As nanny state Major Bloomberg departs the political scene in New York City, New Yorkers must decide who will lead their stumbling, union-infected city.
Bloomberg is leaving his successor with the task of negotiating new contracts with most of the public sector unions in New York City. It is interesting to note that two great former New York governors, Franklin and Theodore Roosevelt, both opposed public sector unions because of the obvious public corruption and conflict of interest they represent. The public sector unions support the reelection campaigns of the very liberal politicians who set their pay.Under Bloomie's 12-year tenure, the cost of public union pensions benefits alone have skyrocketed from $1.4 billion to $8.3 billion.
“Avoiding the hard choices is how Detroit went bankrupt,” the mayor declared in a speech earlier this year. Yet avoiding hard choices is precisely how Mayor Bloomberg has managed to direct the affairs of New York City and even increases services without significantly raising taxes. The efficient, pro-business façade maintained during the Bloomberg years is now about to disappear, revealing a local political equation that is unfamiliar to most residents and considerably to the left of even New York State’s liberal political center.The front running Democratic candidate, Bill de Blasio, is an unrepentant socialist who would Santa Claus NYC into fiscal ruin.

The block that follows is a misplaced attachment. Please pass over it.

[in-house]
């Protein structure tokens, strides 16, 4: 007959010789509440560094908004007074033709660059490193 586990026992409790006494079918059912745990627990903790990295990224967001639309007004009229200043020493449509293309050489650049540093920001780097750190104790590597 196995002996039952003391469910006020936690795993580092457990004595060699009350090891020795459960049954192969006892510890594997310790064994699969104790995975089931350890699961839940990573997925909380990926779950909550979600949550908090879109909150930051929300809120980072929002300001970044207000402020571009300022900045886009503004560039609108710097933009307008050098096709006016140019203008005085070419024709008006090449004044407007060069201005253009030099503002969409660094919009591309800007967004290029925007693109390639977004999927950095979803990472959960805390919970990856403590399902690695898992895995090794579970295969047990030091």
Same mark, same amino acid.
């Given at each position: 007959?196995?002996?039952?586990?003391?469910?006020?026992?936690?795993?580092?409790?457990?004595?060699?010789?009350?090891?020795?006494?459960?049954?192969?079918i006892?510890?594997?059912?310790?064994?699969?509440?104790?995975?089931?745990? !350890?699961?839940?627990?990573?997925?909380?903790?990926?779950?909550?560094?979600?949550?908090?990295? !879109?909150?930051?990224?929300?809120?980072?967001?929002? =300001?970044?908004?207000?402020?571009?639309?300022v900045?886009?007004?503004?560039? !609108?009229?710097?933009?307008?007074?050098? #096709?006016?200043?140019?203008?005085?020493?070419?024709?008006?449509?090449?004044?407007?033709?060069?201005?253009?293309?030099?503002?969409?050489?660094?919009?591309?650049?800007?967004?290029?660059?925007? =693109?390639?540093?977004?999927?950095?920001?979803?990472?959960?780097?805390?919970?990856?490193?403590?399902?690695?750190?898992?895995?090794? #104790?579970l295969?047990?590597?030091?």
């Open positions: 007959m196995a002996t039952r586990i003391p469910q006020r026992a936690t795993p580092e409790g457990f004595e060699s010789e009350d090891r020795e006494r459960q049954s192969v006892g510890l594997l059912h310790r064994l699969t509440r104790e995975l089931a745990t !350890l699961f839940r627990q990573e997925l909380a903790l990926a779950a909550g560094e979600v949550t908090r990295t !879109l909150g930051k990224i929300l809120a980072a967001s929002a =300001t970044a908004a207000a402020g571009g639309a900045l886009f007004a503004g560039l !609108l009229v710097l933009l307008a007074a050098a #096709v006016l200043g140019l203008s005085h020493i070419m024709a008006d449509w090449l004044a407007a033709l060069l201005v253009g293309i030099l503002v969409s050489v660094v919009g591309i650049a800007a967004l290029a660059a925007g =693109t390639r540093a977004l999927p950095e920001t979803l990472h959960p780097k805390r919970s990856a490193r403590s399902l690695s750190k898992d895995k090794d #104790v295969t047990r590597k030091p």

De Blasio’s big idea: free universal prekindergarten for all children, paid for by a tax on those New Yorkers earning more than $500,000.Fools like De Blasio forget that wealthy people also cast their votes with their feet.
Between 2000 and 2010, almost three and a half million New York residents left the state for greener, less greedy, pastures. New York State lost two Congressional seats after the 2010 census count, dropping from 29 to 27. This is the lowest number of NY Congressmen since 1823.